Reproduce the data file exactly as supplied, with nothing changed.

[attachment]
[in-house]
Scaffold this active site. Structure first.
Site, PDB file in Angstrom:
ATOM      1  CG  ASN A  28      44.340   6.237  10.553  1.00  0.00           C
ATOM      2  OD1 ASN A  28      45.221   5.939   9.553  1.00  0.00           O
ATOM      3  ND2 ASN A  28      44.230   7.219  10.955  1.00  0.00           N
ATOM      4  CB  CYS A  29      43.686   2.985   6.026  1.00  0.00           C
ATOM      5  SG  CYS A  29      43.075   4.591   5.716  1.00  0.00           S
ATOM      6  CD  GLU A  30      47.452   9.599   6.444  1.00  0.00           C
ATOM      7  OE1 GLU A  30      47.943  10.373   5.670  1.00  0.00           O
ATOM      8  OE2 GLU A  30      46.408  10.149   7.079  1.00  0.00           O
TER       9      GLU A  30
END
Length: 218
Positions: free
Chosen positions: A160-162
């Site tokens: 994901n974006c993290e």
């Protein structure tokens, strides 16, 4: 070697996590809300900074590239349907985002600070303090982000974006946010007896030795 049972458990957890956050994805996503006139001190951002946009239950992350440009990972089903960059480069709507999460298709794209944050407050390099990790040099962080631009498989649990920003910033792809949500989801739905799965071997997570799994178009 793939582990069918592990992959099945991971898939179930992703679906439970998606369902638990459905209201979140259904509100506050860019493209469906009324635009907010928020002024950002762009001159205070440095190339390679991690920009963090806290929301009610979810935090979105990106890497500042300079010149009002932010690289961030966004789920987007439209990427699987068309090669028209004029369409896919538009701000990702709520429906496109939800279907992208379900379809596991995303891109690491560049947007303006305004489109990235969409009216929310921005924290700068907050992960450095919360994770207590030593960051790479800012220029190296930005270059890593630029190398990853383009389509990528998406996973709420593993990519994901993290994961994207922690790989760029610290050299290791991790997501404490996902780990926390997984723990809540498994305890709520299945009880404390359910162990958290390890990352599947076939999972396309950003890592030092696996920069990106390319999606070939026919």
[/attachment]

[in-house]
Scaffold this active site. Structure first.
Site, PDB file in Angstrom:
ATOM      1  CG  ASN A  28      44.340   6.237  10.553  1.00  0.00           C
ATOM      2  OD1 ASN A  28      45.221   5.939   9.553  1.00  0.00           O
ATOM      3  ND2 ASN A  28      44.230   7.219  10.955  1.00  0.00           N
ATOM      4  CB  CYS A  29      43.686   2.985   6.026  1.00  0.00           C
ATOM      5  SG  CYS A  29      43.075   4.591   5.716  1.00  0.00           S
ATOM      6  CD  GLU A  30      47.452   9.599   6.444  1.00  0.00           C
ATOM      7  OE1 GLU A  30      47.943  10.373   5.670  1.00  0.00           O
ATOM      8  OE2 GLU A  30      46.408  10.149   7.079  1.00  0.00           O
TER       9      GLU A  30
END
Length: 218
Positions: free
Chosen positions: A160-162
């Site tokens: 994901n974006c993290e």
């Protein structure tokens, strides 16, 4: 070697996590809300900074590239349907985002600070303090982000974006946010007896030795 049972458990957890956050994805996503006139001190951002946009239950992350440009990972089903960059480069709507999460298709794209944050407050390099990790040099962080631009498989649990920003910033792809949500989801739905799965071997997570799994178009 793939582990069918592990992959099945991971898939179930992703679906439970998606369902638990459905209201979140259904509100506050860019493209469906009324635009907010928020002024950002762009001159205070440095190339390679991690920009963090806290929301009610979810935090979105990106890497500042300079010149009002932010690289961030966004789920987007439209990427699987068309090669028209004029369409896919538009701000990702709520429906496109939800279907992208379900379809596991995303891109690491560049947007303006305004489109990235969409009216929310921005924290700068907050992960450095919360994770207590030593960051790479800012220029190296930005270059890593630029190398990853383009389509990528998406996973709420593993990519994901993290994961994207922690790989760029610290050299290791991790997501404490996902780990926390997984723990809540498994305890709520299945009880404390359910162990958290390890990352599947076939999972396309950003890592030092696996920069990106390319999606070939026919």